Nothing that the South Korea government is trying to do to stem the country’s plunging number of births is working.
The latest data released today (Feb. 27) show that the fertility rate—the number of babies a woman is expected to have during her childbearing years—fell below 1 to 0.98, a new low for the demographically challenged country. That means that only 326,900 babies were born last year in the country of just over 51 million, down 8.6% from the previous year.
To keep its population level stable, the country needs a fertility rate of 2.1 births per woman.
After also recording a record-low fertility rate in 2017 of 1.05, the government added to its efforts to address its demographic time bomb, for example by allocating more money to the problem and improving parental benefits. This included extending from one year to two the period during which men are guaranteed 80% of their normal wages while on paternity leave. Some local governments are also increasing the cash incentives given to women to encourage them to have even a first child.
In December, the government also announced a new roadmap for addressing the root causes of why people decide not to have children, vowing for example to lower the cost of childrearing. It also said it plans to implement measures focusing on improve people’s quality of life rather than simply encouraging women to have more kids, for example by making work environments friendlier for women who want to have children and return to work.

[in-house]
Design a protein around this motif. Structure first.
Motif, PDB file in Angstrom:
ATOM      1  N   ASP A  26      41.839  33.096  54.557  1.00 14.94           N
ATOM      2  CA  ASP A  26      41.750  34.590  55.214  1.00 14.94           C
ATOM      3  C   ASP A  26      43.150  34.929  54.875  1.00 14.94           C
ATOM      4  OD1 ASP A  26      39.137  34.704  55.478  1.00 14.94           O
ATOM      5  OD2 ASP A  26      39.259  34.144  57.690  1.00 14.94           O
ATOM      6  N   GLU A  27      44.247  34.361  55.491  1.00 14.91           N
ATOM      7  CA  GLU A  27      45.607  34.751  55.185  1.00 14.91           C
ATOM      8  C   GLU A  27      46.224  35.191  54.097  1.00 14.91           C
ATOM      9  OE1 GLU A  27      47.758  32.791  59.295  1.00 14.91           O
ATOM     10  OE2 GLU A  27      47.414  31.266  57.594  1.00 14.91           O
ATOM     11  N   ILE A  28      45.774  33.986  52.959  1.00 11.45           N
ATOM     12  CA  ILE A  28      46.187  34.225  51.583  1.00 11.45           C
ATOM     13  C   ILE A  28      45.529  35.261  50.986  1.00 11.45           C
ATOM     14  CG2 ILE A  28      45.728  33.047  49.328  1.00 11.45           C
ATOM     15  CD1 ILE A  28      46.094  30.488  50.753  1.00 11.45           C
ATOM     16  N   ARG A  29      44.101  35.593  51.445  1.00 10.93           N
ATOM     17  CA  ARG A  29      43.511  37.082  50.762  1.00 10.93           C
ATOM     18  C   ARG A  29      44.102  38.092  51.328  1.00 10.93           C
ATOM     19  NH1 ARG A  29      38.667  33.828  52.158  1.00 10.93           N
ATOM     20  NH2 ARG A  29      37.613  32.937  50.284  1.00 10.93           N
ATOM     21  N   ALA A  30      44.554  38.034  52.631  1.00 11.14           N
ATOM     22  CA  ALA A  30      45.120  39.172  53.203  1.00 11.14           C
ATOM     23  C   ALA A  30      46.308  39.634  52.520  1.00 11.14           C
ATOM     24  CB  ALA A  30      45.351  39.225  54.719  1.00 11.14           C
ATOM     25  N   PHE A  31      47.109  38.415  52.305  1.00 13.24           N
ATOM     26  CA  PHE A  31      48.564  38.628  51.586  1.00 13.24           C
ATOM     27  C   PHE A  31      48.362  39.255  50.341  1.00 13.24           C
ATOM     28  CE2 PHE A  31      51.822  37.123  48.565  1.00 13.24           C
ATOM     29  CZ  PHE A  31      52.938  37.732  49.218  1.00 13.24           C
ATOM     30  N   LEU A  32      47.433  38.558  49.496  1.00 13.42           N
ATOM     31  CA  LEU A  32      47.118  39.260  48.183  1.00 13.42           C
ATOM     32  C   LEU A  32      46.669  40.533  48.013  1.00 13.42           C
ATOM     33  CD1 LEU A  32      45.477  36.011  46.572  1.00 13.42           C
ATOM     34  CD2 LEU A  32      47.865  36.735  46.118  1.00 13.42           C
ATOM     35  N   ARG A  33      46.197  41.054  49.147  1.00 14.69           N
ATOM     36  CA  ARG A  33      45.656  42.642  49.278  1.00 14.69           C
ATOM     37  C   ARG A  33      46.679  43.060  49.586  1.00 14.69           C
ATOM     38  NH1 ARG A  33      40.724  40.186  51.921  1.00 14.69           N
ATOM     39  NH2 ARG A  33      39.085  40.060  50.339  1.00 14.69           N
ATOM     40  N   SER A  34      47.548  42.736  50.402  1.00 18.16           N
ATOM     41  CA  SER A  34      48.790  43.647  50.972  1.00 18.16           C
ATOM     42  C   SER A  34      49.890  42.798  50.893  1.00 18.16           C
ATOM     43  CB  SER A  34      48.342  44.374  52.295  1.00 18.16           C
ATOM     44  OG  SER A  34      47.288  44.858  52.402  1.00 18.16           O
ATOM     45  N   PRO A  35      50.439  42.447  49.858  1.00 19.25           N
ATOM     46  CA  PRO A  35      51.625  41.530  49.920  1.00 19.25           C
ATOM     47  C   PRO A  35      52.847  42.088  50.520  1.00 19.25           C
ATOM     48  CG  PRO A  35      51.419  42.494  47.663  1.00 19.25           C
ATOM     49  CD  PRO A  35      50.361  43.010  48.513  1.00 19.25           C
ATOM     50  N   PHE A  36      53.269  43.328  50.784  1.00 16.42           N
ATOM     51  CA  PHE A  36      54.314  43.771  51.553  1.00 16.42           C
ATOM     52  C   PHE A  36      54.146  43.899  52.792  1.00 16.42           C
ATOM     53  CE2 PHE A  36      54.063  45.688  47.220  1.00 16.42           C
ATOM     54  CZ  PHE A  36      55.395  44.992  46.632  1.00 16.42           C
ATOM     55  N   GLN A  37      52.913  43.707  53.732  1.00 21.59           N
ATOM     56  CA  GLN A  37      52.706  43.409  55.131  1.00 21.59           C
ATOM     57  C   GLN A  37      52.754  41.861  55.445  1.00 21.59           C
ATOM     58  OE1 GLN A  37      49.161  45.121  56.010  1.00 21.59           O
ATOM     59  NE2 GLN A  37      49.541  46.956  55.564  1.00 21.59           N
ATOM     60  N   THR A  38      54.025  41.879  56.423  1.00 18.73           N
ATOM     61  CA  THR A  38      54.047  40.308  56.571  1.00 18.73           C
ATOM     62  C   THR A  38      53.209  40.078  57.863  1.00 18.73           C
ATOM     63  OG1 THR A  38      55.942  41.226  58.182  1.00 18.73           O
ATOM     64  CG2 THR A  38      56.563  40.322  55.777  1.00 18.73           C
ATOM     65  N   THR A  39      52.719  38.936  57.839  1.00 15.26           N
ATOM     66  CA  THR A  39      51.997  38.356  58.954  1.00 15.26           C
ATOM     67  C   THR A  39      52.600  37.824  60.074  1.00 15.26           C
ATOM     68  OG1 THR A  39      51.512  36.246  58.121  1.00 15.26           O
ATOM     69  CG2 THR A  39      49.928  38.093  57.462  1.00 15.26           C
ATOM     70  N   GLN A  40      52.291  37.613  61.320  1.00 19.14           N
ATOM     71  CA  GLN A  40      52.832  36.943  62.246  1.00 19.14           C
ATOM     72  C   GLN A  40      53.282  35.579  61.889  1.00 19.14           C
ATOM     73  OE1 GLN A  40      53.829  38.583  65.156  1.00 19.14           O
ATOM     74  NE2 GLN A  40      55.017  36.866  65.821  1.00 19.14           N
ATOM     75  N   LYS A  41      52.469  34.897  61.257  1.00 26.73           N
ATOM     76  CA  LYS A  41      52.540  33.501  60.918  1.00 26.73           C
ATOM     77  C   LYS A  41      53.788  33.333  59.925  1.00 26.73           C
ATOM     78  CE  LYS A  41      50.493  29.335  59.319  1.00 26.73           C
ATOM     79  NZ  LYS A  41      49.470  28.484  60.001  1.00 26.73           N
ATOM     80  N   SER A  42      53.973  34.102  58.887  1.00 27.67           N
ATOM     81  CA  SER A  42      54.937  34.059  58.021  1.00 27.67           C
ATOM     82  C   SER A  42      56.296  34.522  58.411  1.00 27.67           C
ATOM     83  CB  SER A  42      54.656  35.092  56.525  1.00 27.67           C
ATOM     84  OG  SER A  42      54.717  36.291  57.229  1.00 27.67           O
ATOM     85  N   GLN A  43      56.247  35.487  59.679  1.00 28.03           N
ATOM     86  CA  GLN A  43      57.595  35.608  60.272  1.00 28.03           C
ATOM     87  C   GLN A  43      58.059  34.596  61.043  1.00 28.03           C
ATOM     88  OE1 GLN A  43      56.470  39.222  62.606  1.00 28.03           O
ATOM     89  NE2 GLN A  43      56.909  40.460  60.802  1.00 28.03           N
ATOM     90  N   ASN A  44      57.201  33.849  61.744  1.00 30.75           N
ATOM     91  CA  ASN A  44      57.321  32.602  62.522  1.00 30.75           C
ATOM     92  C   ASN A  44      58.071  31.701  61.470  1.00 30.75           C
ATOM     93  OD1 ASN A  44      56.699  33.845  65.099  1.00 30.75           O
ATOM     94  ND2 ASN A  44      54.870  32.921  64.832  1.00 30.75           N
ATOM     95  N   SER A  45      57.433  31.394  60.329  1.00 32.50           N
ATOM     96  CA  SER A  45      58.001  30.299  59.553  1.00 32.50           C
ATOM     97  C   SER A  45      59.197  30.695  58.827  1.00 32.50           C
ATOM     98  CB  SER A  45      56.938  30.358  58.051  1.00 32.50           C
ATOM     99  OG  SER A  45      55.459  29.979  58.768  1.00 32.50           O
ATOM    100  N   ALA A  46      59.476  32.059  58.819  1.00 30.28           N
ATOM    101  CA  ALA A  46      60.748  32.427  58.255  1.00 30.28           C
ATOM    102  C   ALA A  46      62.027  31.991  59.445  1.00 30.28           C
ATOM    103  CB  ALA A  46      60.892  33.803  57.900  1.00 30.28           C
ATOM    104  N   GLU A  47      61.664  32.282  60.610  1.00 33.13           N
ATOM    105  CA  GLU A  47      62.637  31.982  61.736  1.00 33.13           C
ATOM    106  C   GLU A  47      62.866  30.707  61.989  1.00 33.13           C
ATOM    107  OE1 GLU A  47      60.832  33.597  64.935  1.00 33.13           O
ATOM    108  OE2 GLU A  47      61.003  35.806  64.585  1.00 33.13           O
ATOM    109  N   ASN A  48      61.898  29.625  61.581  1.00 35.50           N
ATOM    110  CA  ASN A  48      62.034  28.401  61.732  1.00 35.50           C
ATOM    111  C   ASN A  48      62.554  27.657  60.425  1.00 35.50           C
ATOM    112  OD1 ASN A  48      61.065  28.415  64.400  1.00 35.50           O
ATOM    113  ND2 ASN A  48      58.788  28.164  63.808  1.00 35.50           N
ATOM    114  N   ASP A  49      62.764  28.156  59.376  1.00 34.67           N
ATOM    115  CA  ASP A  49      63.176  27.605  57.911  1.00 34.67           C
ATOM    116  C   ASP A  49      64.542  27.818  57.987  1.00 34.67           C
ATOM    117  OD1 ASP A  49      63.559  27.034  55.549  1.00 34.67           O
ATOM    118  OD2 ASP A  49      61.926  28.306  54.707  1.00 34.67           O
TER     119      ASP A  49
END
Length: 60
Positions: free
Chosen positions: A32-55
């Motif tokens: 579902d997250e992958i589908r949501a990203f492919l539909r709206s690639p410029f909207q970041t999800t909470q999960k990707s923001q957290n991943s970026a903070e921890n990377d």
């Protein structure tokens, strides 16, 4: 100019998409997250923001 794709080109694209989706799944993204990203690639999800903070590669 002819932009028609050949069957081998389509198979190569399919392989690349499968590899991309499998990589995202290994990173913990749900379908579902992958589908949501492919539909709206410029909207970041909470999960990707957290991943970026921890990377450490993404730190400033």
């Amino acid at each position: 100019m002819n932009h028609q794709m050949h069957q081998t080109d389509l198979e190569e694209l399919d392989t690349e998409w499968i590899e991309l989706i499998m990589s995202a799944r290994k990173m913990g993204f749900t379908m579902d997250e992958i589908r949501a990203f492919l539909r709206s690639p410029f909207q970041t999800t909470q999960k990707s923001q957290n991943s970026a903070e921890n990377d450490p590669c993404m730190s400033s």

The government has also blamed the worsening economic environment for young people as part of the reason why people decide to have fewer children or none altogether. Youth employment continues to rise, while the increase in expenses such as education and real-estate outpaces wage growth.
That’s also causing fewer and fewer young people to get married. The number of marriages recorded in 2017 fell 6.1% from the previous year to 264,500, the lowest level since record keeping began in 1970. The 2018 number, which will be out later this year, looks set to be even lower than 2017, with just 230,800 marriages recorded in the first 11 months of the year.
South Korea also needs more children because it is aging faster than any other developed country. The number of elderly people in Korea exceeded the number of young people for the first time in 2016, and the country became an “aged society”—defined as one where the elderly make up at least 14% of the population—at a much faster rate than countries such as Japan or Germany.